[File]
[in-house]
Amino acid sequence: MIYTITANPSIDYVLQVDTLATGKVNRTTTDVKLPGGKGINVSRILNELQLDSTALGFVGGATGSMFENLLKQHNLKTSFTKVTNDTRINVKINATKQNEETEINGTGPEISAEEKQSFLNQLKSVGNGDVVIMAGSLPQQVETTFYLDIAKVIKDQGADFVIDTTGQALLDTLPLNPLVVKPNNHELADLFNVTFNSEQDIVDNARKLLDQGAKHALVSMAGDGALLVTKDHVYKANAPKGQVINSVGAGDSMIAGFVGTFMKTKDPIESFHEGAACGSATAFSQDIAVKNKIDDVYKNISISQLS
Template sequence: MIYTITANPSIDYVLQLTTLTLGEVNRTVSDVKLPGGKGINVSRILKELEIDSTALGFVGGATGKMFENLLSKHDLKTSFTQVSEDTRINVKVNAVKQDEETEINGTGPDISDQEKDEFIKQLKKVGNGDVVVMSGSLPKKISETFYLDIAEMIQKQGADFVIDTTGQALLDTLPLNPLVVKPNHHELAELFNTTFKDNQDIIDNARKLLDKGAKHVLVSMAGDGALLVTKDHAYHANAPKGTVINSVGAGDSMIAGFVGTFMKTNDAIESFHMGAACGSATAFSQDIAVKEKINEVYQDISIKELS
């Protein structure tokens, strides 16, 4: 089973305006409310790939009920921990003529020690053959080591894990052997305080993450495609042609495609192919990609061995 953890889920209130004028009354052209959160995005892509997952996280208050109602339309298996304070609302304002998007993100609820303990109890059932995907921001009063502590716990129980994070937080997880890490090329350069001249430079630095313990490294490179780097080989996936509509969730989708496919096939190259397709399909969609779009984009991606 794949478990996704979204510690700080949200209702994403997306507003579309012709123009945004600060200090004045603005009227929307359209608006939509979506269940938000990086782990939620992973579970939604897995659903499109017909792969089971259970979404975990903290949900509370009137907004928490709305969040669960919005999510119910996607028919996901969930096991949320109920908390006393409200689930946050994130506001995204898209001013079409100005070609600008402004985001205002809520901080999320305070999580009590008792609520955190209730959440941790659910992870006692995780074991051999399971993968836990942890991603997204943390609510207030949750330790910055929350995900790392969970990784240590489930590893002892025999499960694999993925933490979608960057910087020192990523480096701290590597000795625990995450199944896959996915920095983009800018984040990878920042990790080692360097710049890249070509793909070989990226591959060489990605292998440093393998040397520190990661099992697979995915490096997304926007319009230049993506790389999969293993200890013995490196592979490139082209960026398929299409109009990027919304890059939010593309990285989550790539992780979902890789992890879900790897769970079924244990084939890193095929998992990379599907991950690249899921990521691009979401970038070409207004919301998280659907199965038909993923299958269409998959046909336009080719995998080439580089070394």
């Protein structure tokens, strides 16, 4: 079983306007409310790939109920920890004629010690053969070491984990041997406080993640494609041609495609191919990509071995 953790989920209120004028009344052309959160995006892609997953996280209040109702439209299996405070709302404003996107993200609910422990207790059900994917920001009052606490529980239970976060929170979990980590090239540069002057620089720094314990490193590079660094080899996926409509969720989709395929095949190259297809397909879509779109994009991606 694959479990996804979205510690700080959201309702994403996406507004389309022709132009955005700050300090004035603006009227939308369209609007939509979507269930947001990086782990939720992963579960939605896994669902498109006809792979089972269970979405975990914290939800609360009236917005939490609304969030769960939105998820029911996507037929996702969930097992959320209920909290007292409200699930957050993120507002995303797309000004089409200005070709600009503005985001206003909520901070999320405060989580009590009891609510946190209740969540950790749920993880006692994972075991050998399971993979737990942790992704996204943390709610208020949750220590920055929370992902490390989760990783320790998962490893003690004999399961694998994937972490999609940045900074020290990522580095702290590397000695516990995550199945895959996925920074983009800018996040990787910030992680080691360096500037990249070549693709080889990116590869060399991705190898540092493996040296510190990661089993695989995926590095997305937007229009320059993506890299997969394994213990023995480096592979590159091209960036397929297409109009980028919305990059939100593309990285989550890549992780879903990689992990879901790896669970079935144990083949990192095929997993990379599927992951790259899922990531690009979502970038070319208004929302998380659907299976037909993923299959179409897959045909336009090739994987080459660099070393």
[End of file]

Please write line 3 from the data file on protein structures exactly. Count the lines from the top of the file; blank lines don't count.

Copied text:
Template sequence: MIYTITANPSIDYVLQLTTLTLGEVNRTVSDVKLPGGKGINVSRILKELEIDSTALGFVGGATGKMFENLLSKHDLKTSFTQVSEDTRINVKVNAVKQDEETEINGTGPDISDQEKDEFIKQLKKVGNGDVVVMSGSLPKKISETFYLDIAEMIQKQGADFVIDTTGQALLDTLPLNPLVVKPNHHELAELFNTTFKDNQDIIDNARKLLDKGAKHVLVSMAGDGALLVTKDHAYHANAPKGTVINSVGAGDSMIAGFVGTFMKTNDAIESFHMGAACGSATAFSQDIAVKEKINEVYQDISIKELS